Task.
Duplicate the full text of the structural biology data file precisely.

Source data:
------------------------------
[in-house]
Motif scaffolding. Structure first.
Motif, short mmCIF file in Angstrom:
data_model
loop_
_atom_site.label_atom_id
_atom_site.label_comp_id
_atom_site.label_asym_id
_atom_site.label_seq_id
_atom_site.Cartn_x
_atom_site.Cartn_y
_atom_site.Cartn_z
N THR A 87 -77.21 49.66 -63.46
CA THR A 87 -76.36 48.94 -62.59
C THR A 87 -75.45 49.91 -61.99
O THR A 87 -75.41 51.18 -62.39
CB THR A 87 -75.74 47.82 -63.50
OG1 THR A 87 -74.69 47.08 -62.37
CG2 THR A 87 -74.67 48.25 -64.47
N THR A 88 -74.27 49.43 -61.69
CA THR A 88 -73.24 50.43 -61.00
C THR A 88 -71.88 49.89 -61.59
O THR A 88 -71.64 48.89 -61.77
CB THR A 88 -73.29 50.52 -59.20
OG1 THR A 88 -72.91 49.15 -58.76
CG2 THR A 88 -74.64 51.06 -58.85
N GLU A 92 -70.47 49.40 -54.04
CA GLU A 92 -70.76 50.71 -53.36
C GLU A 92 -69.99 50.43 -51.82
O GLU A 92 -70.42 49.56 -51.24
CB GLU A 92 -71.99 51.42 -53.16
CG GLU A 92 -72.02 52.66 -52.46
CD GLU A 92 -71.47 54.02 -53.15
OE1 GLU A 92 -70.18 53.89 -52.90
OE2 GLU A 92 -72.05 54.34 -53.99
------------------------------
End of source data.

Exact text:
[in-house]
Motif scaffolding. Structure first.
Motif, short mmCIF file in Angstrom:
data_model
loop_
_atom_site.label_atom_id
_atom_site.label_comp_id
_atom_site.label_asym_id
_atom_site.label_seq_id
_atom_site.Cartn_x
_atom_site.Cartn_y
_atom_site.Cartn_z
N THR A 87 -77.21 49.66 -63.46
CA THR A 87 -76.36 48.94 -62.59
C THR A 87 -75.45 49.91 -61.99
O THR A 87 -75.41 51.18 -62.39
CB THR A 87 -75.74 47.82 -63.50
OG1 THR A 87 -74.69 47.08 -62.37
CG2 THR A 87 -74.67 48.25 -64.47
N THR A 88 -74.27 49.43 -61.69
CA THR A 88 -73.24 50.43 -61.00
C THR A 88 -71.88 49.89 -61.59
O THR A 88 -71.64 48.89 -61.77
CB THR A 88 -73.29 50.52 -59.20
OG1 THR A 88 -72.91 49.15 -58.76
CG2 THR A 88 -74.64 51.06 -58.85
N GLU A 92 -70.47 49.40 -54.04
CA GLU A 92 -70.76 50.71 -53.36
C GLU A 92 -69.99 50.43 -51.82
O GLU A 92 -70.42 49.56 -51.24
CB GLU A 92 -71.99 51.42 -53.16
CG GLU A 92 -72.02 52.66 -52.46
CD GLU A 92 -71.47 54.02 -53.15
OE1 GLU A 92 -70.18 53.89 -52.90
OE2 GLU A 92 -72.05 54.34 -53.99